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English Writing and Grammar

Introduction

The English Writing and Grammar course will focus on developing the skills students need to communicate effectively for a variety of purposes, audiences, and media.  The course is designed as a workshop:  Students will write every day to build up their fluency and stamina.  They will write over both extended time frames and shorter time frames.  Students will keep a journal to free write, to track progress and set goals, and to explore ways to convey their own voice.

Students will get frequent and concrete feedback during the writing process, rather than after the writing is complete, to both emphasize that revision leads to critical thinking and learning, and to encourage risk-taking in their writing.  Much of the writing that students do in class will not be graded.

We will read short texts, studying literature and language as an integral part of the writing and revision process, focusing on the style and sentence structures of published authors. Reading will be primarily for the purposes of giving students models for their own writing.

 

Whenever possible, students will write for authentic purposes and audiences.  Students will be encouraged to take risks as they read and write.

Writing Tasks

Students will write for varying purposes.  The majority of the course will be conducted as a workshop.  The workshop will concentrate on intensive writing and revision, with some required reading. As members of a general workshop, students will submit work to their instructor and peers for critiques.   Revisions are usually required.  As a workshop participant, students willalso submit detailed critiques of their fellow students’ writing.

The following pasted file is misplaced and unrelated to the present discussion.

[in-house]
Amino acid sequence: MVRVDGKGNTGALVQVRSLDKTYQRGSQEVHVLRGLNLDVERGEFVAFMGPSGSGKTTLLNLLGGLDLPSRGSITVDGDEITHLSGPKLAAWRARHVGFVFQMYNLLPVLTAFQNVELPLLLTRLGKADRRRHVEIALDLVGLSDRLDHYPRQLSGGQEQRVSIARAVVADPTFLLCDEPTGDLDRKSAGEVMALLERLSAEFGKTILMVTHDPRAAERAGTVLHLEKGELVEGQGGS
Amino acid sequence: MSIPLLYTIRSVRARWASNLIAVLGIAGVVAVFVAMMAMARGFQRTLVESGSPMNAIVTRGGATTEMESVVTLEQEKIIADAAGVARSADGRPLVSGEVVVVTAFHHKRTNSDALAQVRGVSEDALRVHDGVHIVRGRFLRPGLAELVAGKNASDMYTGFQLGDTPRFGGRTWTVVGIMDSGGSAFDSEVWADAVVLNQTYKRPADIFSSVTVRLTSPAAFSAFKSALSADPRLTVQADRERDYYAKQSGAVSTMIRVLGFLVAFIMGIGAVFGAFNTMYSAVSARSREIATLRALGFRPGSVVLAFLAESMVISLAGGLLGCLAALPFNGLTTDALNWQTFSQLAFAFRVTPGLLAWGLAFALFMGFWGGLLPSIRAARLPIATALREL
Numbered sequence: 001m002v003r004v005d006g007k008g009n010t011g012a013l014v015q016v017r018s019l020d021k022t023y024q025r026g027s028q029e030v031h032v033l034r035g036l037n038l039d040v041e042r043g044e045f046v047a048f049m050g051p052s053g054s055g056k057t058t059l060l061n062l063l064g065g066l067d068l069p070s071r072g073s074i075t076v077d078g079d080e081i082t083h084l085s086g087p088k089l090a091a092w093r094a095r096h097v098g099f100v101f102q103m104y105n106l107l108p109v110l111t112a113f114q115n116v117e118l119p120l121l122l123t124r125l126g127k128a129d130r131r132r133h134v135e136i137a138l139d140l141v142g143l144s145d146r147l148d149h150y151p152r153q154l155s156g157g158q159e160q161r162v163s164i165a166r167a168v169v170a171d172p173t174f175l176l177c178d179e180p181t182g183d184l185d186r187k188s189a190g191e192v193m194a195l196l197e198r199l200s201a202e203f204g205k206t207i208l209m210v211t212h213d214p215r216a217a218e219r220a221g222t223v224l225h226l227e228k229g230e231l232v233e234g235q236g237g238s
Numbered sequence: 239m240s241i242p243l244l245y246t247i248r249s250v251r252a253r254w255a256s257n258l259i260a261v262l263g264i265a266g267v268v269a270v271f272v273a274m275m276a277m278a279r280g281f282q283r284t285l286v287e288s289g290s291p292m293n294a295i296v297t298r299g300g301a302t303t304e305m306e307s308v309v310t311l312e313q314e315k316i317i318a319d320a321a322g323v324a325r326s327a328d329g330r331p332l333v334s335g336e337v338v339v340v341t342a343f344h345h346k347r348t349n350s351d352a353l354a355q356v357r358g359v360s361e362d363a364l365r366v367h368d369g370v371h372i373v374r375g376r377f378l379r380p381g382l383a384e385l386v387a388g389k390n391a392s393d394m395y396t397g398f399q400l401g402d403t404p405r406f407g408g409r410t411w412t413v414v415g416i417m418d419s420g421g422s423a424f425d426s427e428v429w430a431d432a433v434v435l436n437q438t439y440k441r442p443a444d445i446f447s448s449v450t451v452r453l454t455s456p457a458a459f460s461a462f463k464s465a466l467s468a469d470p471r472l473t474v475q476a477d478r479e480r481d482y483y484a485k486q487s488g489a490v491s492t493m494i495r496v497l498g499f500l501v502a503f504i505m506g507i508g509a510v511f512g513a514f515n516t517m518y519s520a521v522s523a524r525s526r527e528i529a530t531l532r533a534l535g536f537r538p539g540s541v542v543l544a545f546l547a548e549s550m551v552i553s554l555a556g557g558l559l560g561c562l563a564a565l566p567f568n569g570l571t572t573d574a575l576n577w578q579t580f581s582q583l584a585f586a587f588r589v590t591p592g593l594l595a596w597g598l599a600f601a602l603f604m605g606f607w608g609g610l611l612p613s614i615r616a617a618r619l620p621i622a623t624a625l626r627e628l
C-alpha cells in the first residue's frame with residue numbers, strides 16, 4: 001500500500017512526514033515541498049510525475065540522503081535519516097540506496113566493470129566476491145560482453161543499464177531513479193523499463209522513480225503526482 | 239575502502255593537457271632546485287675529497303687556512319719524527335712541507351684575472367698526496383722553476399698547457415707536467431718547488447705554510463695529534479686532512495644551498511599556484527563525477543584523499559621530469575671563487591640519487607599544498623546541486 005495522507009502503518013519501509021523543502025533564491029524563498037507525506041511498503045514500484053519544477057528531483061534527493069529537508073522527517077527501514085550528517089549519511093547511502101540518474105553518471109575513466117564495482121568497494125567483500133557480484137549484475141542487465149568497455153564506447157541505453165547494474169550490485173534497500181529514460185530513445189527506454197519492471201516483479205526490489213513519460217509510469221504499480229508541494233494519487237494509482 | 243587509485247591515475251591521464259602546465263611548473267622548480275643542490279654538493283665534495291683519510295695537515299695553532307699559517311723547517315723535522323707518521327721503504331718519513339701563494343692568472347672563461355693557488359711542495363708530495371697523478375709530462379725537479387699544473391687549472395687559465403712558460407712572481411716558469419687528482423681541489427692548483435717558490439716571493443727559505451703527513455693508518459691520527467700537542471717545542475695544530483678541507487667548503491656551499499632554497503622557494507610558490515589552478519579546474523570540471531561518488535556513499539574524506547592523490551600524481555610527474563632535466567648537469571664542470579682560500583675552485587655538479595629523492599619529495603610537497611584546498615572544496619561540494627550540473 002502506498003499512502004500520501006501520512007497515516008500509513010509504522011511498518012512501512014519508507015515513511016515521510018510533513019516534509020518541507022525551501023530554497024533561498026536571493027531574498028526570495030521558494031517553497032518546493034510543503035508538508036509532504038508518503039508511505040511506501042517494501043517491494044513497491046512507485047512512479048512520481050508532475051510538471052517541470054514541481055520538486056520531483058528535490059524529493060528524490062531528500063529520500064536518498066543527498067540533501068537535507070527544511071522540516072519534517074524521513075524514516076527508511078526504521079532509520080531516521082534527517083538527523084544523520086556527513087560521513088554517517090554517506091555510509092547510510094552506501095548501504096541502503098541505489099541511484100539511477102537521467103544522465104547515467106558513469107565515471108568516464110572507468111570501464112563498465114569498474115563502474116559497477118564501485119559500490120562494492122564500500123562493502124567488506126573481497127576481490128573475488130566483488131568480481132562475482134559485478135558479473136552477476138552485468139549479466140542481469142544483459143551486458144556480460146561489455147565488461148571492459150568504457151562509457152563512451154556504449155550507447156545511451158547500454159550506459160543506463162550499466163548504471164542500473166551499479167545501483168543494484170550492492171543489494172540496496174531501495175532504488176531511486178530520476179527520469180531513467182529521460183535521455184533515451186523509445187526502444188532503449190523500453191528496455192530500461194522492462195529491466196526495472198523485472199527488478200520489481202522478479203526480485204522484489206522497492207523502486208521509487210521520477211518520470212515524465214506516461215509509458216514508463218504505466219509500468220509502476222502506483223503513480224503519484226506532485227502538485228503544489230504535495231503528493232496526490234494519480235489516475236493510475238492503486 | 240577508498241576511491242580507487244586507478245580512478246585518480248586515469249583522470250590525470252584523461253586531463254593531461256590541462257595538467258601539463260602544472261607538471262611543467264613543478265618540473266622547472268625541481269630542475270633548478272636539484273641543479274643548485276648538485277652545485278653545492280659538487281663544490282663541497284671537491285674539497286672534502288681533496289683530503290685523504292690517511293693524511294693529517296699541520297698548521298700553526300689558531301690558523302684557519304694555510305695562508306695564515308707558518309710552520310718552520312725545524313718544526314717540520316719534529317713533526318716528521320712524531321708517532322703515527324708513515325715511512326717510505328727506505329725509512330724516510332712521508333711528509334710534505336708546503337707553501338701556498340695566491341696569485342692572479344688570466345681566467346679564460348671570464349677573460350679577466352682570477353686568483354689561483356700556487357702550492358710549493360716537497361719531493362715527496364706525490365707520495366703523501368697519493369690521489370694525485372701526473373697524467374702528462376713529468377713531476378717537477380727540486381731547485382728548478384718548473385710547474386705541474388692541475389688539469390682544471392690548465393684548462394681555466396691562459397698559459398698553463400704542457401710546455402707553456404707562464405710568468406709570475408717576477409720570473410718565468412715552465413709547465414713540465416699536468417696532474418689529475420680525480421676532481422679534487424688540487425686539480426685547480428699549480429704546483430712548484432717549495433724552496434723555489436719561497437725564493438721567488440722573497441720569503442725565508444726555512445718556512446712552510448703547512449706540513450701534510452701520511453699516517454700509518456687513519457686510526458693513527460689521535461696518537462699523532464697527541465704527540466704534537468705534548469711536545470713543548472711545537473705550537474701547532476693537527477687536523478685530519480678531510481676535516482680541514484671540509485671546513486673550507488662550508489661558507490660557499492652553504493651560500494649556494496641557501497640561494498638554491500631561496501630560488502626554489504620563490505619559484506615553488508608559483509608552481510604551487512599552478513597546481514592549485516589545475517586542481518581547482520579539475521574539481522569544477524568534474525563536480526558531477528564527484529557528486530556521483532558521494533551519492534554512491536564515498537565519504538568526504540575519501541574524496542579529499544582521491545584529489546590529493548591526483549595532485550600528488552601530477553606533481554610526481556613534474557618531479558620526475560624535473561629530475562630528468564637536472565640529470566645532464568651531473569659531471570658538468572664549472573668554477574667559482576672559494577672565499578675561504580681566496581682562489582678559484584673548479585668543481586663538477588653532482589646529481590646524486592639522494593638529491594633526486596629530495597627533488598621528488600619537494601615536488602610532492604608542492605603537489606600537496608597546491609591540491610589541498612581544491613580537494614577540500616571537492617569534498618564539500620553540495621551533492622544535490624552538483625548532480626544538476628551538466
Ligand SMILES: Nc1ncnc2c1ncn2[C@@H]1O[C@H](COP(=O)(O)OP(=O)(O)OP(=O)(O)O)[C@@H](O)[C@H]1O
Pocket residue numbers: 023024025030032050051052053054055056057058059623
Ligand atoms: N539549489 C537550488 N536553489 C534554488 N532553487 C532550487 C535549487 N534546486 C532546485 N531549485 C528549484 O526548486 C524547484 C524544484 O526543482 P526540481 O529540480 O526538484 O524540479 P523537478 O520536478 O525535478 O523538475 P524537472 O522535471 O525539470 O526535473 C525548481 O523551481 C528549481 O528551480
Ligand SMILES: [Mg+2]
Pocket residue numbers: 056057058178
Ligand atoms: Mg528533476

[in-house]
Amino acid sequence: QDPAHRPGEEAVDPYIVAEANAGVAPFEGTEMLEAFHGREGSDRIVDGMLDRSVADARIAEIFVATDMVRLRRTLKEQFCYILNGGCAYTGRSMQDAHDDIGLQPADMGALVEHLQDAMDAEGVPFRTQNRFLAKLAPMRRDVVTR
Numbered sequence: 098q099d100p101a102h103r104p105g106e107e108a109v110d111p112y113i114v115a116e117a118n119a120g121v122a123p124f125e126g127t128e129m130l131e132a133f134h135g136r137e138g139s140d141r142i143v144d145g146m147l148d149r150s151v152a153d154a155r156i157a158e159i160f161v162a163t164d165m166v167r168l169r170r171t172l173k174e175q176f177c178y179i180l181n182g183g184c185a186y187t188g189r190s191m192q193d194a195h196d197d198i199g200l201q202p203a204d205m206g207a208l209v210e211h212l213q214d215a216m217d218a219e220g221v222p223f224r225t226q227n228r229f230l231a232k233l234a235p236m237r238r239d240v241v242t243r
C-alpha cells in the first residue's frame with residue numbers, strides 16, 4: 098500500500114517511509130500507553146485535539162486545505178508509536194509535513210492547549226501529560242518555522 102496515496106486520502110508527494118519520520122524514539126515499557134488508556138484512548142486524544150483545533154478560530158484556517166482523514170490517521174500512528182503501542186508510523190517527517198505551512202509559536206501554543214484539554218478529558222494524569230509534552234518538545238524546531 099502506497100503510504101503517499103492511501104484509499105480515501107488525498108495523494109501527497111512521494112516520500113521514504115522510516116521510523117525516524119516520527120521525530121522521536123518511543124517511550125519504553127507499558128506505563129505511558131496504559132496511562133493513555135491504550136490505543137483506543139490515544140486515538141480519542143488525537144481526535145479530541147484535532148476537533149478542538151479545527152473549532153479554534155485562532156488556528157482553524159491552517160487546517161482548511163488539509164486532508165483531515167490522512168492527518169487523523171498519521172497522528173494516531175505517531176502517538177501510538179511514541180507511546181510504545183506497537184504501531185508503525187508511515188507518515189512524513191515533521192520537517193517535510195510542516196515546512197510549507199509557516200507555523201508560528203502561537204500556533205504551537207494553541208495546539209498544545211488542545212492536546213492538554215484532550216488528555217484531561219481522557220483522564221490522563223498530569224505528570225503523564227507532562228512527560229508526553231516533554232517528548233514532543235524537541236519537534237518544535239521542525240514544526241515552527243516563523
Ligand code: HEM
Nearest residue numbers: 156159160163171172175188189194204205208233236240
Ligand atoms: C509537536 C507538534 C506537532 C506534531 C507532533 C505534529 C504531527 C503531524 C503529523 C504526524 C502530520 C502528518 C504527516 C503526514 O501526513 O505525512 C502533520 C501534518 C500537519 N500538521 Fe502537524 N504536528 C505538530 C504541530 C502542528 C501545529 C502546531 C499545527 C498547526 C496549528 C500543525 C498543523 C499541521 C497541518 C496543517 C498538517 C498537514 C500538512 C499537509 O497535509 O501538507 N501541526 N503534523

Over the course of the year, in addition to free writing and writing many smaller compositions, students will complete three major pieces of writing covering each of the main purposes of writing. The three main purposes are as follows:

To persuade/Argument

  • An evaluation or review of a product, service, or experience
  • A persuasive piece written to an authentic audience
  • An argument that uses information from multiple sources

To inform / Explanatory writing

  • An analytic response to a piece of literature from the reading unit
  • An informative essay about a complex process

To entertain / Narrative

  • A description of a setting
  • A personal narrative about a significant event
  • A fictional narrative that develops of theme
  • Poetry

Language Conventions (Grammar)

 Much of the language conventions will be taught in the context of writing, not as separated skills.  The goal is for students to think clearly about ways to improve their own writing.  Exercises in grammar will offer ways students can compose more sophisticated and effective sentences in their work.  Integrated instruction will ensure that students apply these skills in their writing.

Any separate grammar exercises will focus on revision at the sentence and paragraph level. Through close reading and brief exercises, students will learn various techniques to assemble sentences and establish syntactic relationships within paragraphs. Students will imitate other writers, as well as revise, exchange, and discuss paragraphs or stanzas from their own work.